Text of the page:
The Skorina Report: Why You Can’t Clone Yale

The Skorina Report: Why You Can’t Clone Yale

By Charles Skorina
Can you copy great endowment investment performance?  The Yale endowment, for example?
Reverse-engineering a good performer is probably achievable.  The key attributes can often be identified and, to some extent, duplicated.
But can you replicate great performers?
That’s a much taller order.  There’s always something slightly mysterious about greatness.
We were reminded of that fact when we looked at a recent white paper by Drew Knowles.  He’s the founder and chief investment officer of Berkeley Square Capital Management, an investment advisor in Denver. (“Invest Like an Endowment”)
Mr. Knowles assembled data from NACUBO-Commonfund (NCSE) surveys and analyzed recent historical relationships between asset allocation, endowment size, and performance.  He did a good job and it’s worth reading.
As an investment advisor to (not necessarily wealthy) individuals he would like to demonstrate how they can use ETFs to replicate the investment performance of major endowments.  He’s particularly interested in showing the usefulness of so-called “liquid alternatives,” in which his firm seems to specialize.
He argues that this really can be done, at least to the extent of reproducing the average performance of big (over $1 billion AUM) endowments.
It would be even better if an amateur could match the performance of the very best endowments, such as Yale.  Unfortunately, his model says they can’t quite.  But he argues that his Yale Clone should still be an attractive portfolio for the average investor, and makes a good case for it.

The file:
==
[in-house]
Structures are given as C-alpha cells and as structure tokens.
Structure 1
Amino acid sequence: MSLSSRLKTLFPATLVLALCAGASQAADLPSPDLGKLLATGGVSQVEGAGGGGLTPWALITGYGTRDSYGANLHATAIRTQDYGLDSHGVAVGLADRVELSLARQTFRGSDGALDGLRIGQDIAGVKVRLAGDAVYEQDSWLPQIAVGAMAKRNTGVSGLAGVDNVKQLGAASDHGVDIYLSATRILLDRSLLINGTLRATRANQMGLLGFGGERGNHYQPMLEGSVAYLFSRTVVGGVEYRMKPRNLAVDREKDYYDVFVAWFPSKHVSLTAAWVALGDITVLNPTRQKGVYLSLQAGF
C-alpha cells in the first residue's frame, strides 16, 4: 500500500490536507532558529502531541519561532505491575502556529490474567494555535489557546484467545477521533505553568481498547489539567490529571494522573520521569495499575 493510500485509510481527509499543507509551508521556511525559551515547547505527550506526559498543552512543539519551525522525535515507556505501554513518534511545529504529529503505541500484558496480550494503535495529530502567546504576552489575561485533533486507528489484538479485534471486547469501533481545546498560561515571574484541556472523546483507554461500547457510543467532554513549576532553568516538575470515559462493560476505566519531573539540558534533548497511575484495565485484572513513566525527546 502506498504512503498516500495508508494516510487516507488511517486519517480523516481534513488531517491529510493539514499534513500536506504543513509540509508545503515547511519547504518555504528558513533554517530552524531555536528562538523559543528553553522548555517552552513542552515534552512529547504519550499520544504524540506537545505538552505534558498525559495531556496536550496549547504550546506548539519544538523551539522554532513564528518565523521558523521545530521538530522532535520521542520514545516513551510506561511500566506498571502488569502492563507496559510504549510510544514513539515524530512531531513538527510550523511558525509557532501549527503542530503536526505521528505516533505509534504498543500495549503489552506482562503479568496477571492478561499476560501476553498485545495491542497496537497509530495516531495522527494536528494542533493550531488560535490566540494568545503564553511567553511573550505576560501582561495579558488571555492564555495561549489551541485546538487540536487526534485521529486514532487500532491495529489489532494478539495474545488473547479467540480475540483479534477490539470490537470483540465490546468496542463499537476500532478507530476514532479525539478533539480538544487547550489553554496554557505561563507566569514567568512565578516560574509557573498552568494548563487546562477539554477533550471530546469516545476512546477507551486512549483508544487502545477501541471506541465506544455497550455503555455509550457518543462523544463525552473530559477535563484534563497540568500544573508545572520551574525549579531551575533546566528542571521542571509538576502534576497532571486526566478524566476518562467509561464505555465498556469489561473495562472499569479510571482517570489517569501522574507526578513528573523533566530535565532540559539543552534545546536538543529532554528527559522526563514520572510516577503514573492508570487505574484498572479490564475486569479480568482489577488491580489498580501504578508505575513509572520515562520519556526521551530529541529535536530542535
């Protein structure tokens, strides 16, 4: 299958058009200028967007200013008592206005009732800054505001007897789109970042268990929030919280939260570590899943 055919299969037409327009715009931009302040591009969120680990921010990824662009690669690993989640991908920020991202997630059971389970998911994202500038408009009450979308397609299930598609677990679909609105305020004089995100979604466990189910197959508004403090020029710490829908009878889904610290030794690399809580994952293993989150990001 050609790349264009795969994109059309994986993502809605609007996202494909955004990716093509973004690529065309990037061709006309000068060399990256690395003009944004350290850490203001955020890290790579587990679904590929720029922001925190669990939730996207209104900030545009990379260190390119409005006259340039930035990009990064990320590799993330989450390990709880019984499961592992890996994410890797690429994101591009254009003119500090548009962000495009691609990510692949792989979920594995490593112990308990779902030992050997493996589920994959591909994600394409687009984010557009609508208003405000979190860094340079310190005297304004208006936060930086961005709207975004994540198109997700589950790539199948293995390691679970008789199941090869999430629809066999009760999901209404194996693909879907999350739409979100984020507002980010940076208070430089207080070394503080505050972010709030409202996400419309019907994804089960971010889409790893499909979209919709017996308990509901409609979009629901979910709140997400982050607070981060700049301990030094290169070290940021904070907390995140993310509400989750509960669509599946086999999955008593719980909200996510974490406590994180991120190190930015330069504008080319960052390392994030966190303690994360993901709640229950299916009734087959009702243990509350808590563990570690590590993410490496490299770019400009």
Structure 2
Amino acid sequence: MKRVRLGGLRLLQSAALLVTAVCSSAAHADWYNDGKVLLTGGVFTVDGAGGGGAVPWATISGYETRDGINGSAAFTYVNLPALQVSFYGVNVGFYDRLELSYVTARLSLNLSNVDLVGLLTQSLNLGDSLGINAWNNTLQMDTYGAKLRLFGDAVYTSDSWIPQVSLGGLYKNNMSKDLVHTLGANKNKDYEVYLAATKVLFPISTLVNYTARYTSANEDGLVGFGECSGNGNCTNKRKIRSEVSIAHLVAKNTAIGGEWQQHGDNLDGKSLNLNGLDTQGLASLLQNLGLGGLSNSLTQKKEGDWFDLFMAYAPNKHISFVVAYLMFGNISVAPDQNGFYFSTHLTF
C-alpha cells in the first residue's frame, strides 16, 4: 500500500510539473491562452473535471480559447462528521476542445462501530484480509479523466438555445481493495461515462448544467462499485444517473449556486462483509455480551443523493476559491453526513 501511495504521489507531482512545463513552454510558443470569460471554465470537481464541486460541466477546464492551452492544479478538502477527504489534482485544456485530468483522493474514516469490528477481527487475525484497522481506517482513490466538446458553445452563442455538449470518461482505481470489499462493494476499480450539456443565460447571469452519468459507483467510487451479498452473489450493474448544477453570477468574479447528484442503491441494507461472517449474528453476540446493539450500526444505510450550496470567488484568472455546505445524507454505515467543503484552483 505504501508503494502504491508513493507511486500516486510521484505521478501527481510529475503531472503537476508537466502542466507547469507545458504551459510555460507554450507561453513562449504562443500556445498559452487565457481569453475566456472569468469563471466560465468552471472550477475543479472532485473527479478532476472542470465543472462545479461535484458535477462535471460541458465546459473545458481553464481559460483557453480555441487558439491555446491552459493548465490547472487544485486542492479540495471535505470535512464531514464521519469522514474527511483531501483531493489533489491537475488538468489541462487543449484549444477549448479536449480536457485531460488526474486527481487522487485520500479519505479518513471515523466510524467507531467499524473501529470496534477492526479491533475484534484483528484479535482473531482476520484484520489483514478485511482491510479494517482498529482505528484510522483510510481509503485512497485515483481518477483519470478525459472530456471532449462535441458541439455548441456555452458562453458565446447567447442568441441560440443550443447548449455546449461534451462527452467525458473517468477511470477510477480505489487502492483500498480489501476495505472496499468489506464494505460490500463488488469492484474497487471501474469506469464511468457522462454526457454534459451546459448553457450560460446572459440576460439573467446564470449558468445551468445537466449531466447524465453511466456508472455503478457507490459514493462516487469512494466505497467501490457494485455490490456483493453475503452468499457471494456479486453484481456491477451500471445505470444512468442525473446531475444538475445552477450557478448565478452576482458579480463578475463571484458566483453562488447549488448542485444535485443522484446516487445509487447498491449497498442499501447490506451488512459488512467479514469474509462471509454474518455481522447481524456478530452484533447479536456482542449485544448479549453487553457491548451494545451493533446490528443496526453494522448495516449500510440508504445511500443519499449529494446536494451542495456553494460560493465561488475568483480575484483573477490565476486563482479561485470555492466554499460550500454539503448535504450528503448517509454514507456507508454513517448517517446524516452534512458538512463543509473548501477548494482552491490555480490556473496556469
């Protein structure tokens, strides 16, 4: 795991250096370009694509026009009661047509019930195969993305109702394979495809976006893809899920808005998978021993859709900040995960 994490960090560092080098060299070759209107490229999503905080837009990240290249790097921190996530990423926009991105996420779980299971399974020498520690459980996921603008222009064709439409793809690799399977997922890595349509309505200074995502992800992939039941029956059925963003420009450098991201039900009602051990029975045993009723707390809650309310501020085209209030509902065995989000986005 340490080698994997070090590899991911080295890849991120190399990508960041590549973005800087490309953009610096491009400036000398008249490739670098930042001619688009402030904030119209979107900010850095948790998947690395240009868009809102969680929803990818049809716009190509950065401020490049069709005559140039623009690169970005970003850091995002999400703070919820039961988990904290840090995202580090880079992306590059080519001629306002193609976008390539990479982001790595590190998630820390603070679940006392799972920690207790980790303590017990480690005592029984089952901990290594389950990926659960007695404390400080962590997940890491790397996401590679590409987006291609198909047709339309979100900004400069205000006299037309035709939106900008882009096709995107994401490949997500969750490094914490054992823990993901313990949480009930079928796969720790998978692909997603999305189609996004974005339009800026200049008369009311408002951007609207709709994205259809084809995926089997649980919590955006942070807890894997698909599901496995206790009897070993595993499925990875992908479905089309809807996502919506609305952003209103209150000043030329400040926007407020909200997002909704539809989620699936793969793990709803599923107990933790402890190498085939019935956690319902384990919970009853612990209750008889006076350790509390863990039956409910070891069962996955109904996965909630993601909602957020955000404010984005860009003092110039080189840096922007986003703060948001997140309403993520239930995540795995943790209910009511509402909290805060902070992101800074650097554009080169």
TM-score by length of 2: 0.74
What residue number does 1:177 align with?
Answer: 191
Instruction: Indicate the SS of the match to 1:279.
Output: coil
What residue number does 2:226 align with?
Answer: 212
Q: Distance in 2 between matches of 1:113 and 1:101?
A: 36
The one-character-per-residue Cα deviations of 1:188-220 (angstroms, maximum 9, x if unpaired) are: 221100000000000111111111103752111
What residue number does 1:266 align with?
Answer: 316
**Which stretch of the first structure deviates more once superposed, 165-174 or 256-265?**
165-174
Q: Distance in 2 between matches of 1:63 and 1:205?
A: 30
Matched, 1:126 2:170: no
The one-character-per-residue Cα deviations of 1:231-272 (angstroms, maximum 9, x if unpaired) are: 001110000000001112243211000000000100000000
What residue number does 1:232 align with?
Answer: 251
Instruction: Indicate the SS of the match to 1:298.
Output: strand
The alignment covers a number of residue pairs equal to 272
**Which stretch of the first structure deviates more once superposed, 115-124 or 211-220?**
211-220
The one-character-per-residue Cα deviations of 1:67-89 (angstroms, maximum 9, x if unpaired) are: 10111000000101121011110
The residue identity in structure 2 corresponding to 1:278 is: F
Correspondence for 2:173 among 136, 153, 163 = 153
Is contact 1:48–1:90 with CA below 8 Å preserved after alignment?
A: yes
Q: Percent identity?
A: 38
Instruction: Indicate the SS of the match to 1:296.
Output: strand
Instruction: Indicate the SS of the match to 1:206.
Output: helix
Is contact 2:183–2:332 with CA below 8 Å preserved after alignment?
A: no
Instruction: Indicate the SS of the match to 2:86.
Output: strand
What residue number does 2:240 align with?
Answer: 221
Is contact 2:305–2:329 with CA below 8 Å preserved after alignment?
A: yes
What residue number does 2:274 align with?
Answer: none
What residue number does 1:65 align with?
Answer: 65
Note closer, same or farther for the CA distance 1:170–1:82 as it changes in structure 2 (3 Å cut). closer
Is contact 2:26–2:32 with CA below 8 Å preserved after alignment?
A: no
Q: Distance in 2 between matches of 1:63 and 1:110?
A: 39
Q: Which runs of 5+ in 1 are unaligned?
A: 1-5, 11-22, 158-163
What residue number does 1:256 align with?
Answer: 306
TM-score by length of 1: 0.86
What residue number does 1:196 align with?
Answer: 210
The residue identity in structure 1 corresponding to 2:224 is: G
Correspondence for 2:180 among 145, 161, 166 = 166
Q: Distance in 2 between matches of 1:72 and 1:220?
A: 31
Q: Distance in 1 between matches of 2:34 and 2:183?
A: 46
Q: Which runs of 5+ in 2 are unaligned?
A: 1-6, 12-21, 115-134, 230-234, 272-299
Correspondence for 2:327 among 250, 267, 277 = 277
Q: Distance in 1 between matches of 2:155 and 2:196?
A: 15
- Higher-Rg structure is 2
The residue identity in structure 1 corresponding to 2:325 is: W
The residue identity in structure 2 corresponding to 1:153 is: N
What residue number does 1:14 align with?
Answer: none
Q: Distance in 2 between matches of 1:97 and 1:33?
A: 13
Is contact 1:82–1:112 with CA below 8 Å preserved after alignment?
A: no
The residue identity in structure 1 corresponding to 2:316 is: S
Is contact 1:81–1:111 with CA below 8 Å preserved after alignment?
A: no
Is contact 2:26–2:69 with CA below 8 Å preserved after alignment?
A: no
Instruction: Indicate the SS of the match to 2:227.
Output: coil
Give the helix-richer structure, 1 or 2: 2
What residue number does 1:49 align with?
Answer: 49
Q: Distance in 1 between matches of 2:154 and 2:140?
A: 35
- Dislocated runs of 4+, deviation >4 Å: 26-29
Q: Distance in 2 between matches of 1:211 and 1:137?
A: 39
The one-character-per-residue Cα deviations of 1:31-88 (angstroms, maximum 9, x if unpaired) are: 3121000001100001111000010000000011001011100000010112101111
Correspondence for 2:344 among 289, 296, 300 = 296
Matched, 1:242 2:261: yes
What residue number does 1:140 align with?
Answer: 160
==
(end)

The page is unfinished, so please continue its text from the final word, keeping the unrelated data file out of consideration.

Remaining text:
Mr. Knowles suggests that an individual investor, by using certain low-fee index-tracking ETFs and rebalancing every year per the latest NCSE data, can do (very nearly) as well as the average big endowment with its professional investment staff and well-compensated external asset managers.  He only actually demonstrates this for 2003-2015, since not all his preferred tracking ETFs existed in earlier periods; but so far, so good.
(This is not an altogether original idea.  Our friend Mebane Fabermade a similar argument in his book The Ivy Endowment a few years ago.  But more and better tracking ETFs have become available since then.)
Mr. Knowles then attempts to reverse-engineer Yale, which hugely outperformed the average big endowment 1997-2014.  It earned an annualized 13.2 in that period versus 9.9 percent for its sisters.
He writes: “While the Yale Clone mimics the actual Yale portfolio asset allocation to the best of its index-based ability, and matches the Yale endowment standard deviation, the Yale Clone lags its target by three-percent a year.
It is highly evident that the Yale allocators add alpha (300 basis points a year!) by picking active managers that handily beat comparable indices.  Yale’s endowment consistently allocates capital to first quartile managers… Such winning allocations compound in Yale’s favor to the benefit of the school.”
I recently had a chance to talk to some people close to Yale and tried to hone in on how that “picking active managers that handily bear comparable indices” thing is actually accomplished.
As many of our readers might suspect, it’s not really all that mysterious; but it’s hard to do in practice if you’re not Yale, and very difficult to replicate.
An elite school can often detect unusually talented people when they are still students, track them into their professional lives and become early investors.  We should underline “can,” because not even all the elite schools have demonstrated the ability to do this as consistently and effectively as the Yale Investment Office under Dr. Swensen and his team.